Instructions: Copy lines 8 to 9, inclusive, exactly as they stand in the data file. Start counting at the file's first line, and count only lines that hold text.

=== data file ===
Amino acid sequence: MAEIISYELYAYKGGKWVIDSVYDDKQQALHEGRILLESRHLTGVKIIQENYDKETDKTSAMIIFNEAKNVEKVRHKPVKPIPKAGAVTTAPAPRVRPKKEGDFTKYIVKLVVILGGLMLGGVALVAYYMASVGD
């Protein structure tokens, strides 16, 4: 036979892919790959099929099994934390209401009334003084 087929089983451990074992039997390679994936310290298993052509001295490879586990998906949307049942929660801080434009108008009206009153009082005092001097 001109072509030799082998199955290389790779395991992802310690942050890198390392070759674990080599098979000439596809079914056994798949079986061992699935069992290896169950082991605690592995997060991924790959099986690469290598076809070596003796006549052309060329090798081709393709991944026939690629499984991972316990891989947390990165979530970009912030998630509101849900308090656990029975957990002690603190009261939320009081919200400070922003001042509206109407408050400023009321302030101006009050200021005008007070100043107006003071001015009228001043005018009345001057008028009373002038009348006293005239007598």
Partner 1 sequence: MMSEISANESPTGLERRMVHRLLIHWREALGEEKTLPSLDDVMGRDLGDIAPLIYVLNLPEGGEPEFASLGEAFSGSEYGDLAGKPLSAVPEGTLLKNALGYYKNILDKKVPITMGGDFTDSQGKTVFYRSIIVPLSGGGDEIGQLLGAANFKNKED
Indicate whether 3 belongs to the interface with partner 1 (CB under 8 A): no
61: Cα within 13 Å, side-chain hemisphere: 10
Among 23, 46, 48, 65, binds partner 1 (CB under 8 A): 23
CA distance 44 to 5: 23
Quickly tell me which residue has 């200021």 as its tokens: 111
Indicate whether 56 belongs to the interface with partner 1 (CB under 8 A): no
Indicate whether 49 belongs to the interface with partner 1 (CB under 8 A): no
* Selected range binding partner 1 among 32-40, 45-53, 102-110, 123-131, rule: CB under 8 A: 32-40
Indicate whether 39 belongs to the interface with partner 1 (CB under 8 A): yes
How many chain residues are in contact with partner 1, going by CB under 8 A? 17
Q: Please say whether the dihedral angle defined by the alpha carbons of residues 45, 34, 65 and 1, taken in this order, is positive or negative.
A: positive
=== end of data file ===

Quickly tell me which residue has 């200021």 as its tokens: 111
Indicate whether 56 belongs to the interface with partner 1 (CB under 8 A): no